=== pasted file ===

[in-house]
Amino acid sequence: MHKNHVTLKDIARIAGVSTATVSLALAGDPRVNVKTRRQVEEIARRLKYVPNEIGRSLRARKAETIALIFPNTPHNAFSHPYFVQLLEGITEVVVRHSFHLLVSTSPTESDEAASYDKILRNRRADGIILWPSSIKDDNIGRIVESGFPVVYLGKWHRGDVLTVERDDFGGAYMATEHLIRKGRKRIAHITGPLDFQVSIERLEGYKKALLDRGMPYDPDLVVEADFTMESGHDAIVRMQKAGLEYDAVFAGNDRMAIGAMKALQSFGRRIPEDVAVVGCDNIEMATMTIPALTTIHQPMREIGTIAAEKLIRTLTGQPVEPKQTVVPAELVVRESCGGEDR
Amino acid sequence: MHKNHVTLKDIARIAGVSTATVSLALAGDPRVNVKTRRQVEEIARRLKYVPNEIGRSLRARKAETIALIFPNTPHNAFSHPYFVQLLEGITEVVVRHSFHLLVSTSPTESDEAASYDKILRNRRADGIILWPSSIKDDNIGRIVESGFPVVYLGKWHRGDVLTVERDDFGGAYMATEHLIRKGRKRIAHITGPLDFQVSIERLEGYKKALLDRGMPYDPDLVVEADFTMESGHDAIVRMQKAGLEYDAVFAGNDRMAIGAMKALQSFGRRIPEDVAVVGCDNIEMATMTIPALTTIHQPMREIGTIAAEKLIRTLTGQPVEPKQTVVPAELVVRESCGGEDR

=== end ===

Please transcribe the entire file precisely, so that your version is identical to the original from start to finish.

[in-house]
Amino acid sequence: MHKNHVTLKDIARIAGVSTATVSLALAGDPRVNVKTRRQVEEIARRLKYVPNEIGRSLRARKAETIALIFPNTPHNAFSHPYFVQLLEGITEVVVRHSFHLLVSTSPTESDEAASYDKILRNRRADGIILWPSSIKDDNIGRIVESGFPVVYLGKWHRGDVLTVERDDFGGAYMATEHLIRKGRKRIAHITGPLDFQVSIERLEGYKKALLDRGMPYDPDLVVEADFTMESGHDAIVRMQKAGLEYDAVFAGNDRMAIGAMKALQSFGRRIPEDVAVVGCDNIEMATMTIPALTTIHQPMREIGTIAAEKLIRTLTGQPVEPKQTVVPAELVVRESCGGEDR
Amino acid sequence: MHKNHVTLKDIARIAGVSTATVSLALAGDPRVNVKTRRQVEEIARRLKYVPNEIGRSLRARKAETIALIFPNTPHNAFSHPYFVQLLEGITEVVVRHSFHLLVSTSPTESDEAASYDKILRNRRADGIILWPSSIKDDNIGRIVESGFPVVYLGKWHRGDVLTVERDDFGGAYMATEHLIRKGRKRIAHITGPLDFQVSIERLEGYKKALLDRGMPYDPDLVVEADFTMESGHDAIVRMQKAGLEYDAVFAGNDRMAIGAMKALQSFGRRIPEDVAVVGCDNIEMATMTIPALTTIHQPMREIGTIAAEKLIRTLTGQPVEPKQTVVPAELVVRESCGGEDR